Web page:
Pallone Opening Remarks at Subcommittee Markup of Five Health Bills
Energy and Commerce Committee Chairman Frank Pallone, Jr. (D-NJ) delivered the following opening remarks today at a Health Subcommittee markup of five bills:
Today, the Committee continues its critical work to improve our health care delivery systems, advance access to care, and protect the health and well-being of our country.
This markup comes after a very productive Congress on the health care front, some of which has been accomplished in strong, bipartisan fashion. But there is more work to do and today the Subcommittee will be marking up five bills.
We will begin by considering bipartisan legislation that would improve care for seniors. This legislation would improve access to treatment and ensure that seniors are receiving the health care that they are entitled to, by streamlining and shortening the timeframe for prior authorization in the Medicare Advantage program. The legislation would also increase transparency of Medicare Advantage plans and modernize the prior authorization process. We have worked closely with our counterparts at the Ways and Means Committee, and I support this important bipartisan legislation that will help ensure that our seniors are not facing unwanted barriers to accessing timely, medically necessary care.
We will also consider legislation that would provide updates and improvements to the Vaccine Injury Compensation Program. While serious vaccine injuries are incredibly rare, some individuals still experience adverse events after receiving a vaccine. For those who are injured, Congress created the Vaccine Injury Compensation Program, a no-fault system which provides financial compensation in cases of injury caused by covered vaccines. Unfortunately, the program currently faces a backlog of two years, due to an outdated and arbitrary cap on the number of special masters who oversee the program.
HR 3655, introduced by Representatives Doggett and Upton, would help clear the existing backlog of claims and improve the program’s capacity to ensure claims are paid in a timely manner going forward. Patients and their families should not have to wait to have a fair and timely hearing for their claims.
We will also mark up a number of bills that seek to improve health care in rural and underserved areas. The MOBILE Health Care Act, introduced by Representatives Susie Lee, Hudson, Ruiz, and Herrera Beutler, would allow Community Health Centers to use New Access Point grants for establishing mobile health units in order to increase access to health care in these areas.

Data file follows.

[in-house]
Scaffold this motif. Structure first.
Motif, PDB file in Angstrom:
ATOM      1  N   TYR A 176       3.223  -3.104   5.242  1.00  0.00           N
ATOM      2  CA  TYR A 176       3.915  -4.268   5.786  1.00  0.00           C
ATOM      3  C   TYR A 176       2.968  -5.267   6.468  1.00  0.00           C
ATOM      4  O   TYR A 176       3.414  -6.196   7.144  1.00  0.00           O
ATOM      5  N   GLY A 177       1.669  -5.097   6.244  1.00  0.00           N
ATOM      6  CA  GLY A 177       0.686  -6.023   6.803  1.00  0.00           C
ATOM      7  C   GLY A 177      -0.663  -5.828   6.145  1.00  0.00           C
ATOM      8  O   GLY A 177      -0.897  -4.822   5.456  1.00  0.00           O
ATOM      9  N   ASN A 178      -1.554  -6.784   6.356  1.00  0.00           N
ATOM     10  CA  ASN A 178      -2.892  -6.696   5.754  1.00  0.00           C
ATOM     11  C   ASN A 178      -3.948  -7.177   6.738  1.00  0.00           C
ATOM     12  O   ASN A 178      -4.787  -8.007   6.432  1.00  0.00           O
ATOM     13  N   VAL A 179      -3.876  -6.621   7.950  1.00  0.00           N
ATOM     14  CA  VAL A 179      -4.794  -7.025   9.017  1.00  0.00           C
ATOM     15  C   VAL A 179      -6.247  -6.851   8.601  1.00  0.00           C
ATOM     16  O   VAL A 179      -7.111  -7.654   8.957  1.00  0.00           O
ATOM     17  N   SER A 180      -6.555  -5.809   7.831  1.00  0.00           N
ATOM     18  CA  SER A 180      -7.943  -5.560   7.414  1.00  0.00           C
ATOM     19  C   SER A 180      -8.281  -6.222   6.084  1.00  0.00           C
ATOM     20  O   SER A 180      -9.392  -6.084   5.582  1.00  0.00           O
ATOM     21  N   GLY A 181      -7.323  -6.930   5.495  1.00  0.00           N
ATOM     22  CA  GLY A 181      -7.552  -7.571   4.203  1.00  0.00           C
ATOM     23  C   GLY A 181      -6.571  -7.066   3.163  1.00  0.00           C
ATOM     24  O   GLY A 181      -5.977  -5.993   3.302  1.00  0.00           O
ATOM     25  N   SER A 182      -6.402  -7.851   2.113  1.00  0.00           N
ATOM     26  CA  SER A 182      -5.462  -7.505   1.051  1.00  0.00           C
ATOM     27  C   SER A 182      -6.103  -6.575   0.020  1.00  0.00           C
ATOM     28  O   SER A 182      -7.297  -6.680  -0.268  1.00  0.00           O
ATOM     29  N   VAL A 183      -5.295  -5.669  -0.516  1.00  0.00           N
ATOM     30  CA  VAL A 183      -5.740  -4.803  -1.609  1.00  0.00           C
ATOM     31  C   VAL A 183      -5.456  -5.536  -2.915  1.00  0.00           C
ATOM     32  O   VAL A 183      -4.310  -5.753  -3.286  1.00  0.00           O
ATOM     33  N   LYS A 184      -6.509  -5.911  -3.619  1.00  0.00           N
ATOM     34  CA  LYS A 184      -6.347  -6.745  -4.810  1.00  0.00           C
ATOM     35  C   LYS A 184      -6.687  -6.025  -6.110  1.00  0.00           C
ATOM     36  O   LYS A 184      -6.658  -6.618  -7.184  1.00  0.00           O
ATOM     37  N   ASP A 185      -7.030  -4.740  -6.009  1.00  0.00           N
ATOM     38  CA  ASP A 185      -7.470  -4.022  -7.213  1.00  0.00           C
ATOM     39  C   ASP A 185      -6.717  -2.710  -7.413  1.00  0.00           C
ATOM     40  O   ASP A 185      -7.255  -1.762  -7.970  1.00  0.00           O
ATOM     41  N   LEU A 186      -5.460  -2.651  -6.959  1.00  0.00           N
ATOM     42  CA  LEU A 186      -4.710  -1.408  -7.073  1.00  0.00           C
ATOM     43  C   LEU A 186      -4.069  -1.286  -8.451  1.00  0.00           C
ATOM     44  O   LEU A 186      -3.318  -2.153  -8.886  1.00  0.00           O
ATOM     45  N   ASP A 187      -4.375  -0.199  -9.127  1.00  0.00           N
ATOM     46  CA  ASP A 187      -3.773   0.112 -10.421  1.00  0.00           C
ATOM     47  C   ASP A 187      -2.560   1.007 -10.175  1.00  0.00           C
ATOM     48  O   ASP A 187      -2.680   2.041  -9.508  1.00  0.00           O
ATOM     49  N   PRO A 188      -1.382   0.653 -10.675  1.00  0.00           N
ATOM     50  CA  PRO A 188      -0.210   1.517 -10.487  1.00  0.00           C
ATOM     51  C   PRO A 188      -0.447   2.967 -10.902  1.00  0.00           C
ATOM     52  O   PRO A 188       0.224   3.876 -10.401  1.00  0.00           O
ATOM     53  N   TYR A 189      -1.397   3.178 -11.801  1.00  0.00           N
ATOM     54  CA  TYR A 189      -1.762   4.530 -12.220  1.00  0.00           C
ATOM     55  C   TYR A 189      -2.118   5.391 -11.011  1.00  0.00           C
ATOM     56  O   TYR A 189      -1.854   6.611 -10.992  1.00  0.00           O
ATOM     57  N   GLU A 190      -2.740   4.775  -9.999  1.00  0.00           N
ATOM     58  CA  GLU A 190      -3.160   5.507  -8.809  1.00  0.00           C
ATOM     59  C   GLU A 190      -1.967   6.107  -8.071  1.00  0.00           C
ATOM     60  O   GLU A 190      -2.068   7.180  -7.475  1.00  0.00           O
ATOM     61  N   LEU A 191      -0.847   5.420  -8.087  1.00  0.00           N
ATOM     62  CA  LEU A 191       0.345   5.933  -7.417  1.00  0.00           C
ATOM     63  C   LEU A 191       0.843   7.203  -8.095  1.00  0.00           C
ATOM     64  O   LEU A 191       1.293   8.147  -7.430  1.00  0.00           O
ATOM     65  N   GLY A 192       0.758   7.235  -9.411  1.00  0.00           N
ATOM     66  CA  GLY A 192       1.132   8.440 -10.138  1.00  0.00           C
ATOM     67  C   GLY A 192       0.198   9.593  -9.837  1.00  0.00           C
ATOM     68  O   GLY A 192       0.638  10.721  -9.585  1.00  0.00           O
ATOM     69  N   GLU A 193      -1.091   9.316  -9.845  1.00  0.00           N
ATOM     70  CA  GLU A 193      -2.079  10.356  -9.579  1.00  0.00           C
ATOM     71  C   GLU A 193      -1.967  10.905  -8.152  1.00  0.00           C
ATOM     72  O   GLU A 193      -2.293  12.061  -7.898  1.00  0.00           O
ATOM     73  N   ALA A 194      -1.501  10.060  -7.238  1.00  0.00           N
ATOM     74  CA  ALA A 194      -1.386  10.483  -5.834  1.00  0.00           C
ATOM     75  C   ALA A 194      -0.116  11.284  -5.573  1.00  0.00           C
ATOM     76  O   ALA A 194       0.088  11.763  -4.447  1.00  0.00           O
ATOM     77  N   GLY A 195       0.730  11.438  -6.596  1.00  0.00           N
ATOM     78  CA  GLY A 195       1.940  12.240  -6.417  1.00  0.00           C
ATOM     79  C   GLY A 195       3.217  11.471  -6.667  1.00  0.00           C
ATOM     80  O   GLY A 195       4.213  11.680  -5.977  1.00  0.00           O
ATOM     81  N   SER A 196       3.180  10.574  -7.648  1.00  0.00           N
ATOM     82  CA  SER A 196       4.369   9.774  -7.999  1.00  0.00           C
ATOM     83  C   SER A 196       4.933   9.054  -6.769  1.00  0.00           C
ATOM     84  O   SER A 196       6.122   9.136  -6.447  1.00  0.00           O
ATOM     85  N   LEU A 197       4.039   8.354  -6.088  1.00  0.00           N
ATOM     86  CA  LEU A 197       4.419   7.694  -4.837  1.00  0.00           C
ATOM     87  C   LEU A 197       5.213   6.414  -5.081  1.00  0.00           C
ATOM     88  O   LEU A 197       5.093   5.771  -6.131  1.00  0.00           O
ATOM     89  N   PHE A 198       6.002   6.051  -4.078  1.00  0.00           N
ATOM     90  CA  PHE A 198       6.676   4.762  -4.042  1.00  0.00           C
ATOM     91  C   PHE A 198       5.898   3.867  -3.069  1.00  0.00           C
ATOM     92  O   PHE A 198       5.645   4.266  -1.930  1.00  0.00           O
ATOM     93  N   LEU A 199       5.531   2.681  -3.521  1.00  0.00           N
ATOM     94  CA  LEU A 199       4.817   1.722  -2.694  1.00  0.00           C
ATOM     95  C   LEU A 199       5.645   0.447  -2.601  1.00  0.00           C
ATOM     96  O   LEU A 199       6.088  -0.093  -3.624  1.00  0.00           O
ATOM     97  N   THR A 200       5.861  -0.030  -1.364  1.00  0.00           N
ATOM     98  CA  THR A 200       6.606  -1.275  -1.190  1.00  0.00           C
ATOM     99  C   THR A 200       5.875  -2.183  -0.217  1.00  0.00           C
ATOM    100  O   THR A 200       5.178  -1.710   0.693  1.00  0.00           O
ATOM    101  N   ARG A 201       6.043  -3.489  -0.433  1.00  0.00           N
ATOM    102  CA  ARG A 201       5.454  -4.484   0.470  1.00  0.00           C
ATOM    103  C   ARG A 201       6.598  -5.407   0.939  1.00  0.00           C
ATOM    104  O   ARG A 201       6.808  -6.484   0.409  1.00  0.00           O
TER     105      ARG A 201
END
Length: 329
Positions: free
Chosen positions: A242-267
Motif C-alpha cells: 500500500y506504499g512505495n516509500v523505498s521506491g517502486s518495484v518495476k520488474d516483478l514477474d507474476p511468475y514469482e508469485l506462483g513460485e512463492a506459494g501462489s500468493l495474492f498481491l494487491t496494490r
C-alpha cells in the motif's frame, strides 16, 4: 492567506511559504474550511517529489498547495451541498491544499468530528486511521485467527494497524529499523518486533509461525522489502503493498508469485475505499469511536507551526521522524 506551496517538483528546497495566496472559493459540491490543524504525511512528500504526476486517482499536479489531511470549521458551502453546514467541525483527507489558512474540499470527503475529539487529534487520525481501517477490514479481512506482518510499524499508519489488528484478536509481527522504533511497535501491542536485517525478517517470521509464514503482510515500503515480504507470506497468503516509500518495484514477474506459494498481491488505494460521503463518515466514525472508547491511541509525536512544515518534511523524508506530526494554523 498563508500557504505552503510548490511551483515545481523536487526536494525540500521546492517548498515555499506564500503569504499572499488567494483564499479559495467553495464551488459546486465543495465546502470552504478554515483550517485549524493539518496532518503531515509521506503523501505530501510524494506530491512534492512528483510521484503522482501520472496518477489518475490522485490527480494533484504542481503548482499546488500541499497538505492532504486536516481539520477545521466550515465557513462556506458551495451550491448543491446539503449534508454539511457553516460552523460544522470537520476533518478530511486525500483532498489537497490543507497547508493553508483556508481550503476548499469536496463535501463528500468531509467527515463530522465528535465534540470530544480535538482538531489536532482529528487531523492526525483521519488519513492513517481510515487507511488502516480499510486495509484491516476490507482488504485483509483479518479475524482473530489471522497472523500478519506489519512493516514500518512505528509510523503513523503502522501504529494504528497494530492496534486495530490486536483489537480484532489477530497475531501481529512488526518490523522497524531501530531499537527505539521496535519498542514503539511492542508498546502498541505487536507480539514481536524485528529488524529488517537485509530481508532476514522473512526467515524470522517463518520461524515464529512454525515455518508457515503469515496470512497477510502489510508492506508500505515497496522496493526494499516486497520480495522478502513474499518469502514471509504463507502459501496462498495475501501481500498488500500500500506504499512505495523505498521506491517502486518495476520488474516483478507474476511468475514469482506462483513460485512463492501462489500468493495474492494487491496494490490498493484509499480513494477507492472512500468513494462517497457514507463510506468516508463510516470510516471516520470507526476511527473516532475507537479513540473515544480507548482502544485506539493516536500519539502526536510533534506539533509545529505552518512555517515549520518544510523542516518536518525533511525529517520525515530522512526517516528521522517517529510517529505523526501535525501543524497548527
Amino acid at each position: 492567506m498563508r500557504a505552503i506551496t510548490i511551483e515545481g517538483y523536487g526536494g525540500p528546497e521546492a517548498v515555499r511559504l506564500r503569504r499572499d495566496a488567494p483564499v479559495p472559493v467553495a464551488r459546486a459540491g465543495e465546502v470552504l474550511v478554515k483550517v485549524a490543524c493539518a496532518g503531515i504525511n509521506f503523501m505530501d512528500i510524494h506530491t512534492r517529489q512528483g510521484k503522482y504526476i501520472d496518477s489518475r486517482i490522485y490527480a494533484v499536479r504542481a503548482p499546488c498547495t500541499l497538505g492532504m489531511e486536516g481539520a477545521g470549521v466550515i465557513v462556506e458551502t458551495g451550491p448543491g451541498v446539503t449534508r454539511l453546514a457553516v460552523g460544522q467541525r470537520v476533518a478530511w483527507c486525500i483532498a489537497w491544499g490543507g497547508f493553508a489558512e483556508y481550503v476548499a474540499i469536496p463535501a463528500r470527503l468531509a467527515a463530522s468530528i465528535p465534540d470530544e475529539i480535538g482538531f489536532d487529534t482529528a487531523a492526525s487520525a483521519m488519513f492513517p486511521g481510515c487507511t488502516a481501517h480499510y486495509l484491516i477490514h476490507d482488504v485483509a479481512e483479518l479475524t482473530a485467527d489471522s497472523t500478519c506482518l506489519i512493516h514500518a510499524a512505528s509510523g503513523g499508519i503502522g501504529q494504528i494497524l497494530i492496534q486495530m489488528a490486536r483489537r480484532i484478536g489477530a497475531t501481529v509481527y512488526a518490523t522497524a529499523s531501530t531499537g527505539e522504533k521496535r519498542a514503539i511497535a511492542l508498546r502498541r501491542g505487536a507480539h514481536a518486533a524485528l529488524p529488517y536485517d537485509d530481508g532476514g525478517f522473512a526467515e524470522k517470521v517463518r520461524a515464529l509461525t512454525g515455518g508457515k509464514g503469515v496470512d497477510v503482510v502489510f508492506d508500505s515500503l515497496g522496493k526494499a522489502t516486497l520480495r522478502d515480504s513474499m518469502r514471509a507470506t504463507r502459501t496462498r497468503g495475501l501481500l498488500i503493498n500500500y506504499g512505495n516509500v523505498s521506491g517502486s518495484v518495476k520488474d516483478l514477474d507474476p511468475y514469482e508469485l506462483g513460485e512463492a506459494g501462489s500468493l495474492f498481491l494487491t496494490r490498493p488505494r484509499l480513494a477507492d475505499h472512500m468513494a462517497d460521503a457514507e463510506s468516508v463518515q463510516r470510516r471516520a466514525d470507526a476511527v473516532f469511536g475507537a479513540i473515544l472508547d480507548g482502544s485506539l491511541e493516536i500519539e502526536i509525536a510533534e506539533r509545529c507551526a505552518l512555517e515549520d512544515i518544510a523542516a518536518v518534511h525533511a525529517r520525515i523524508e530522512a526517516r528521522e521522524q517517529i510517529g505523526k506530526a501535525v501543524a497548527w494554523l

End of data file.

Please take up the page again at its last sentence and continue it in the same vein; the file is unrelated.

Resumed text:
The Improving Trauma Systems and Emergency Care Act, introduced by Representative O’Halleran, reauthorizes grants for trauma care to support the improvement of emergency medical services and trauma care readiness and coordination, particularly in rural areas. Both of these bills provide important improvements to health care delivery in underserved areas.
Finally, we will consider the Flint Registry Reauthorization Act, introduced by Representative Kildee and the entire Michigan delegation, which reauthorizes the Lead Exposure Registry. Preventing lead exposure and helping those who have experienced lead exposure must remain a high priority. Continuing this program will allow health professionals to collect robust data, monitor lead exposure, and improve care coordination for people exposed to lead.
This is a bipartisan proposal, and I am disappointed that some of my Republican colleagues are seeking changes to this reauthorization in a way that would undermine the important work underway in Flint. Their efforts would also threaten the ability for the Registry to continue supporting eligible participants and help inform other communities in the future. It is my hope that my colleagues will recognize the importance of reauthorizing this program to support children and individuals exposed to lead and withdraw any amendments that would weaken this bill.
I look forward to advancing all five of these bills to the full Committee.